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World Ethiopian Airlines crash a disaster for humanitarian agencies

The flag of the United Nations is flown at half-mast, the morning after an Ethiopian Airlines passenger jet to Nairobi crashed.

TIMOTHY A. CLARY/AFP/Getty Images

The United Nations is “united in grief” in the aftermath of an Ethiopian plane crash that killed at least 21 staff workers from at least five UN agencies, UN secretary-general Antonio Guterres says.

The crash of the Ethiopian Airlines jet on Sunday, shortly after takeoff from Addis Ababa on its way to Nairobi, has been a catastrophe for the world’s humanitarian community. In addition to the 21 victims from UN agencies, many other workers from private relief organizations were among the 157 passengers and crew who were killed in the crash.

Flights between Addis Ababa and Nairobi are often filled with staff from humanitarian agencies, since both cities are major hubs and regional centres for UN agencies, private relief groups, diplomatic offices and other international missions.

Explainer: Ethiopian Airlines crash: What we know so far about the disaster and the 157 victims

Jessica Hyba, a long-time worker at the UN refugee agency UNHCR and previously at CARE Canada, was one of 18 Canadians who died in the crash. She had been the senior external relations officer at the Mogadishu office of UNHCR and was among three workers from the agency who died.

Among the other relief agencies whose staff died in the plane crash were CARE, Save the Children, Catholic Relief Services, the Red Cross of Norway, the Norwegian Refugee Council, the Italian humanitarian agency Africa Tremila, and a number of human-rights and civil society organizations.

Many of those who died had been invited to attend the UN Environment Assembly in Nairobi, which began on Monday morning with a moment of silence for the victims as the assembly’s flags were lowered to half-mast.

Four Canadians – Stéphanie Lacroix, Danielle Moore, Micah Messent and Angela Rehhorn – were delegates to the UN Environment Assembly and were travelling to Nairobi when they died in the crash.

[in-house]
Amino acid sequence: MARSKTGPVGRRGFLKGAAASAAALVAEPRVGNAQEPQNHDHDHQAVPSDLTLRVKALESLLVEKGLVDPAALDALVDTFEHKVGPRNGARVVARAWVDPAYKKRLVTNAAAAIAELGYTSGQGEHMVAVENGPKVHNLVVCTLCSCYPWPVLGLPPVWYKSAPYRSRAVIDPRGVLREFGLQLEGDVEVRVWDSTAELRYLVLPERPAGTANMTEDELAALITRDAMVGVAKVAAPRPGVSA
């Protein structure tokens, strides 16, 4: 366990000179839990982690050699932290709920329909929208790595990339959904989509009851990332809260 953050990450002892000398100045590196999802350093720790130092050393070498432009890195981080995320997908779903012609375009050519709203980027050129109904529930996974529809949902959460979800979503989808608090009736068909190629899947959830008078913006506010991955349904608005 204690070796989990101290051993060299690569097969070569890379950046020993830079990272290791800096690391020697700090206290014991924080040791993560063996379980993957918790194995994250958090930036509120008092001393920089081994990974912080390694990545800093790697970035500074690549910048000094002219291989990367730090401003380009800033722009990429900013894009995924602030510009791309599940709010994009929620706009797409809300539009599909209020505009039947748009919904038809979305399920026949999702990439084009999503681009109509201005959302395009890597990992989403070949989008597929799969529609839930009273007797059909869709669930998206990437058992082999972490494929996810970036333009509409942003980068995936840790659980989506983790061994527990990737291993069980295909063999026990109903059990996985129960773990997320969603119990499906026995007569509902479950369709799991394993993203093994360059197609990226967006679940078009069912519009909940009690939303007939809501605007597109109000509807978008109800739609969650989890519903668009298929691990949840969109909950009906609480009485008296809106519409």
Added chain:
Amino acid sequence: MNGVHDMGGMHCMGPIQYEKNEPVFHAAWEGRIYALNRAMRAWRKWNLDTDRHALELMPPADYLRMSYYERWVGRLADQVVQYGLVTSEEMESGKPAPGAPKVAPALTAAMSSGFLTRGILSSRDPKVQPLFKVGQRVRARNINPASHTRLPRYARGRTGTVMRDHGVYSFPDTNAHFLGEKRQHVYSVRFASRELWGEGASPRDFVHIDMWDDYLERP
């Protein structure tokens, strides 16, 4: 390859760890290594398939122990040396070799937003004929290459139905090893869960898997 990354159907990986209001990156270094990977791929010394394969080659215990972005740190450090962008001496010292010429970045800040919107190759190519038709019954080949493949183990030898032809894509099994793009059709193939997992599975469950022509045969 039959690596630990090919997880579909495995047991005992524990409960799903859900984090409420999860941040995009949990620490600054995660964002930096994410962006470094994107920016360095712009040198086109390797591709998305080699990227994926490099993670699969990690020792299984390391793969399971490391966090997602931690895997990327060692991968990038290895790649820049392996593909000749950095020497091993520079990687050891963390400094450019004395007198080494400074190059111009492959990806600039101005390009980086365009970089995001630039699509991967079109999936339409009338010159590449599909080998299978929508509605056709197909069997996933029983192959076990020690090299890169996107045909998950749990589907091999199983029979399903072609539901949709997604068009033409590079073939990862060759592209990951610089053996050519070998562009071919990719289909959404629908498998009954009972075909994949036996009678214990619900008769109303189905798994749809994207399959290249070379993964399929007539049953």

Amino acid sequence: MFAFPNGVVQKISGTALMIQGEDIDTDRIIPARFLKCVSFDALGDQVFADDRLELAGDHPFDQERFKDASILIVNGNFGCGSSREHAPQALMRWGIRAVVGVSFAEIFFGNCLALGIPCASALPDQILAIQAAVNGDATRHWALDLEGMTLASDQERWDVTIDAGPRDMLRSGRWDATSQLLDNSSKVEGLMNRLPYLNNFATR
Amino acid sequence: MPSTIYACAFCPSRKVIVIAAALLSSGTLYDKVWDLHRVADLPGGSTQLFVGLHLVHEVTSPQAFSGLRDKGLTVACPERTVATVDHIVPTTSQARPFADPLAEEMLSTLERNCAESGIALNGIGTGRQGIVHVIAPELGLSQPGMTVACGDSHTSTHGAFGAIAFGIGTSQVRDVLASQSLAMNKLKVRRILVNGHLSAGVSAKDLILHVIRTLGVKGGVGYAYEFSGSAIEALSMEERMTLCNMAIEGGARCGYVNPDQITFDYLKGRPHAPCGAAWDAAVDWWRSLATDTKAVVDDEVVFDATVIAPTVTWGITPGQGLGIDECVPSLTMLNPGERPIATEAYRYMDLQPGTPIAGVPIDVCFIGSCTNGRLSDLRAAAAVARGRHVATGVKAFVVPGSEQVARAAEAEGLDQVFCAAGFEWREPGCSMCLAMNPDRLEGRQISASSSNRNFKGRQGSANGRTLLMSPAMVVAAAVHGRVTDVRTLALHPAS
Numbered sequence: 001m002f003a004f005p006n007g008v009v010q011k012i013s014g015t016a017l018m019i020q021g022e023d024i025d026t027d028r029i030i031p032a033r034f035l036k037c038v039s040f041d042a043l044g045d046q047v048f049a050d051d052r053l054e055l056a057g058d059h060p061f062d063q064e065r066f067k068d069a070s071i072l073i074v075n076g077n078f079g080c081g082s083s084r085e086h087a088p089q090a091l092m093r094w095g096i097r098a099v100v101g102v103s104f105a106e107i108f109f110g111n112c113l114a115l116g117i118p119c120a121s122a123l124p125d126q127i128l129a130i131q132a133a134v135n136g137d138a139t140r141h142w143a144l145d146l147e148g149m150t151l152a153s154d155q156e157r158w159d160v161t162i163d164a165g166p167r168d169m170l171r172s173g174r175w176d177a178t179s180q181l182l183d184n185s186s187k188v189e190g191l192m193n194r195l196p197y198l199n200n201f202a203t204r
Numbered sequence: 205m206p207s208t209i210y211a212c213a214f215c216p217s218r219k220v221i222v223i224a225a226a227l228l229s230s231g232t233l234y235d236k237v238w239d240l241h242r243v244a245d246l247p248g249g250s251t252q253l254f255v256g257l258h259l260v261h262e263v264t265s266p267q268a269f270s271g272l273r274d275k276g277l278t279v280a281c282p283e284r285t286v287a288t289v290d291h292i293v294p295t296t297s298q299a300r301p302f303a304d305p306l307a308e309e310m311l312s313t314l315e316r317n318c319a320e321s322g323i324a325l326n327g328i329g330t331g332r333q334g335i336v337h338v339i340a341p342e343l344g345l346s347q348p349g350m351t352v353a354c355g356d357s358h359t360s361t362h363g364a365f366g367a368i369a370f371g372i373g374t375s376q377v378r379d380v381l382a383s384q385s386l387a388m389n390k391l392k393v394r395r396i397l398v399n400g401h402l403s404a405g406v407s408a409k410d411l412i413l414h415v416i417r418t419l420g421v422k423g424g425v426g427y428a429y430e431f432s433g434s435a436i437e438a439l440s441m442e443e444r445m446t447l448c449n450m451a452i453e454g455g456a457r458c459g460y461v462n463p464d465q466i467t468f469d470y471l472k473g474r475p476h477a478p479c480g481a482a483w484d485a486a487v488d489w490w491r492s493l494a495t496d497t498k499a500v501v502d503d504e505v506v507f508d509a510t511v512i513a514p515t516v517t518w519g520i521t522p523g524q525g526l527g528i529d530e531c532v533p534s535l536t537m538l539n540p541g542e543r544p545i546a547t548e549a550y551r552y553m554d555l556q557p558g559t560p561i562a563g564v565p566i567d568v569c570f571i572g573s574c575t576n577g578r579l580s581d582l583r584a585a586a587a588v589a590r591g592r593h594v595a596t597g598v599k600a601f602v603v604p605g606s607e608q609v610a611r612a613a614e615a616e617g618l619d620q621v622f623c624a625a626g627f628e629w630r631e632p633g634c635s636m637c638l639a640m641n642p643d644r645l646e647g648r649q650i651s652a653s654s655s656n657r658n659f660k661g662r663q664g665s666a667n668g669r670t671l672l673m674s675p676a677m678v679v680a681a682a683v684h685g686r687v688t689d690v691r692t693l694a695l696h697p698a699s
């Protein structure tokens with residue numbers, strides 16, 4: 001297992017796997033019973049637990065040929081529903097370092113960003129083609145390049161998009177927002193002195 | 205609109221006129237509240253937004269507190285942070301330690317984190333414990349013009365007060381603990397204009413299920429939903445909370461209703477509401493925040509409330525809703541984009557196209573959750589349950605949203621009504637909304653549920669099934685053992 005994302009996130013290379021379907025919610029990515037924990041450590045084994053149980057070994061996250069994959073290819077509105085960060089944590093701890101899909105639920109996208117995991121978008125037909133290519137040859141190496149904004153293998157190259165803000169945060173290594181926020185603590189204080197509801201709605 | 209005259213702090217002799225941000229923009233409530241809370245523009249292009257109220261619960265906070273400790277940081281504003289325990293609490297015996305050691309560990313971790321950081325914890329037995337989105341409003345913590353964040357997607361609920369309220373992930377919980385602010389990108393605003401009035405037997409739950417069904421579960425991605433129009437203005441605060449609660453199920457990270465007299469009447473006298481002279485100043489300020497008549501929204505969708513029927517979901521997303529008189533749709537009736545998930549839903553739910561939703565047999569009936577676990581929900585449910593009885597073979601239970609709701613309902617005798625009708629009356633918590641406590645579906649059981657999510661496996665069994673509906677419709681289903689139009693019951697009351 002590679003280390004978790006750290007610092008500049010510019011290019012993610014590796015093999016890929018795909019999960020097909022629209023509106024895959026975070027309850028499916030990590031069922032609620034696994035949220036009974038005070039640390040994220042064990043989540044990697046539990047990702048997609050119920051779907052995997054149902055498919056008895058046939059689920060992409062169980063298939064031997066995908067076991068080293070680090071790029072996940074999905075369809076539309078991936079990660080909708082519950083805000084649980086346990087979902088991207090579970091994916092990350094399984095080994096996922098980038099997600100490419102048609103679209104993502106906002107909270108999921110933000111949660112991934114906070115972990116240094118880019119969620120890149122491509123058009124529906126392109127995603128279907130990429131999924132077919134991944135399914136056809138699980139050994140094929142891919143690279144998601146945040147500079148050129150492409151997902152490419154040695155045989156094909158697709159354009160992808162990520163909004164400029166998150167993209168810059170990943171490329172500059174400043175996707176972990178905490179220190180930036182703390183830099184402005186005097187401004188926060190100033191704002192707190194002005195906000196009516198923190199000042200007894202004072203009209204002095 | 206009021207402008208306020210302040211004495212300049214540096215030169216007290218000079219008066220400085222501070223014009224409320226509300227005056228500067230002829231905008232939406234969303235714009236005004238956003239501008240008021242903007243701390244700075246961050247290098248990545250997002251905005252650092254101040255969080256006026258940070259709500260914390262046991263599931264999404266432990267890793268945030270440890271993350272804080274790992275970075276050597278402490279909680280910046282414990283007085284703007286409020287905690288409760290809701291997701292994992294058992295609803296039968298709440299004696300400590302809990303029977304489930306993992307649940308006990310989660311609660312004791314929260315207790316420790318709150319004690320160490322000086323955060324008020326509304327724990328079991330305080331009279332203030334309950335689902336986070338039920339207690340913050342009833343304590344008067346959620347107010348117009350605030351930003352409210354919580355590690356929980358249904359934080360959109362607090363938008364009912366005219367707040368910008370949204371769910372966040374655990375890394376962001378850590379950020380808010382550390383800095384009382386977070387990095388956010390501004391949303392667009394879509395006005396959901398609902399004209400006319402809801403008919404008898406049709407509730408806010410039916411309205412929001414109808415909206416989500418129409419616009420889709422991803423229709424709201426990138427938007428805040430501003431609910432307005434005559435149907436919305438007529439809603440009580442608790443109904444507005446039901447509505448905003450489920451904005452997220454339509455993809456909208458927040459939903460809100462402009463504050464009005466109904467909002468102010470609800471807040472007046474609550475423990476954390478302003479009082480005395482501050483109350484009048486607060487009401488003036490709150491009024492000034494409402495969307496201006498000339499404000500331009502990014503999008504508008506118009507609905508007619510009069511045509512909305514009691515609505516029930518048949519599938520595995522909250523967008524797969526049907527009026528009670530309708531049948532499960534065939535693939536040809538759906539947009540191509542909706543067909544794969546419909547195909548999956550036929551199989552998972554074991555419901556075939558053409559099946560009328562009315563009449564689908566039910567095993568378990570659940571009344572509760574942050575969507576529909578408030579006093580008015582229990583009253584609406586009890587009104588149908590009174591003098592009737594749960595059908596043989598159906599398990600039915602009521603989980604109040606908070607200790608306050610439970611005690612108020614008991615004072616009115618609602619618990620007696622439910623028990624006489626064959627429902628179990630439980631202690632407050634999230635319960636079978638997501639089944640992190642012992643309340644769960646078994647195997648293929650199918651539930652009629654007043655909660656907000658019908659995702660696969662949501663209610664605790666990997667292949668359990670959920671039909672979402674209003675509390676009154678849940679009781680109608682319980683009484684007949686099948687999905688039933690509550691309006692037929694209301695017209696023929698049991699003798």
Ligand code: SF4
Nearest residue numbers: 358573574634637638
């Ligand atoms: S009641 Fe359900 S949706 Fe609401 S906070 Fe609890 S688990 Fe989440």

“The global tragedy has hit close to home, and the UN is united in grief,” Mr. Guterres said at the opening of a UN women’s conference Monday in New York, where a moment of silence was held.

He said the UN victims “all had one thing in common: the spirit to serve the world and to make it a better place for all.”

The UN agencies that lost staff in the crash included the World Food Program, UNHCR, the UN Environment Program, the International Telecommunications Union and the International Organization for Migration.

Seven staff workers of the World Food Program were among those who died. “Each of these WFP colleagues were willing to travel and work far from their homes and loved ones to help make the world a better place to live,” WFP executive director David Beasley said in a statement. “That was their calling, as it is for the rest of the WFP family.”

Catholic Relief Services said four of its staff members were killed in the crash. The four were Ethiopians who were travelling to Nairobi to attend training.

“Although we are in mourning, we celebrate the lives of these colleagues and the selfless contributions they made to our mission, despite the risks and sacrifices that humanitarian work can often entail,” Catholic Relief Services said in a statement.

An Ethiopian Airlines 737 Max that crashed on Sunday was fitted with a system called MCAS, or Maneuvering Characteristics Augmentation System. MCAS is intended to help prevent a stall, but could surprise pilots unfamiliar with its action of lowering the plane's nose. A Lion Air 737 that crashed in October was also fitted with MCAS.
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